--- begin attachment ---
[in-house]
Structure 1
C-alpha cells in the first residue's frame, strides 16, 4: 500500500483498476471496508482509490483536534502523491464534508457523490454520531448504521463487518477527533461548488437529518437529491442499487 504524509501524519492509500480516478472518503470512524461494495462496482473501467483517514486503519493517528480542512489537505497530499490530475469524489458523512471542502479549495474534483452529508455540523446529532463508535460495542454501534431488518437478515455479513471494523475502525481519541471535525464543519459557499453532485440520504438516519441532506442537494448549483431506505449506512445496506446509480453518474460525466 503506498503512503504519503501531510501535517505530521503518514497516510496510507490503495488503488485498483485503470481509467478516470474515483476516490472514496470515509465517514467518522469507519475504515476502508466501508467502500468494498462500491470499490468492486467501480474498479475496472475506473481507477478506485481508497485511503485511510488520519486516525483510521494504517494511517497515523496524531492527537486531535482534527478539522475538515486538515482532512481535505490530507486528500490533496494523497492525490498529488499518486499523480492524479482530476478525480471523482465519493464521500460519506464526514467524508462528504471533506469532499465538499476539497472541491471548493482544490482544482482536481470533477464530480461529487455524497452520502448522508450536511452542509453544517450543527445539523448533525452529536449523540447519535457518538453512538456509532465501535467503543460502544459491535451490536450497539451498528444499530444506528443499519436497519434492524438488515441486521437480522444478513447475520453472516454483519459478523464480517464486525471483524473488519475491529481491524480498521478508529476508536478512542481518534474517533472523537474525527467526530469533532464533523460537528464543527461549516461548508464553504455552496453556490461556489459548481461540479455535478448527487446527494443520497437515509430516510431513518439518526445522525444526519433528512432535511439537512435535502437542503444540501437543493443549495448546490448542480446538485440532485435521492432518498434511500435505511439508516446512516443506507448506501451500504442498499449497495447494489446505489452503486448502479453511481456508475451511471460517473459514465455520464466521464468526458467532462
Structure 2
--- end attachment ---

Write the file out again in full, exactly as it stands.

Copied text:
[in-house]
Structure 1
C-alpha cells in the first residue's frame, strides 16, 4: 500500500483498476471496508482509490483536534502523491464534508457523490454520531448504521463487518477527533461548488437529518437529491442499487 504524509501524519492509500480516478472518503470512524461494495462496482473501467483517514486503519493517528480542512489537505497530499490530475469524489458523512471542502479549495474534483452529508455540523446529532463508535460495542454501534431488518437478515455479513471494523475502525481519541471535525464543519459557499453532485440520504438516519441532506442537494448549483431506505449506512445496506446509480453518474460525466 503506498503512503504519503501531510501535517505530521503518514497516510496510507490503495488503488485498483485503470481509467478516470474515483476516490472514496470515509465517514467518522469507519475504515476502508466501508467502500468494498462500491470499490468492486467501480474498479475496472475506473481507477478506485481508497485511503485511510488520519486516525483510521494504517494511517497515523496524531492527537486531535482534527478539522475538515486538515482532512481535505490530507486528500490533496494523497492525490498529488499518486499523480492524479482530476478525480471523482465519493464521500460519506464526514467524508462528504471533506469532499465538499476539497472541491471548493482544490482544482482536481470533477464530480461529487455524497452520502448522508450536511452542509453544517450543527445539523448533525452529536449523540447519535457518538453512538456509532465501535467503543460502544459491535451490536450497539451498528444499530444506528443499519436497519434492524438488515441486521437480522444478513447475520453472516454483519459478523464480517464486525471483524473488519475491529481491524480498521478508529476508536478512542481518534474517533472523537474525527467526530469533532464533523460537528464543527461549516461548508464553504455552496453556490461556489459548481461540479455535478448527487446527494443520497437515509430516510431513518439518526445522525444526519433528512432535511439537512435535502437542503444540501437543493443549495448546490448542480446538485440532485435521492432518498434511500435505511439508516446512516443506507448506501451500504442498499449497495447494489446505489452503486448502479453511481456508475451511471460517473459514465455520464466521464468526458467532462
Structure 2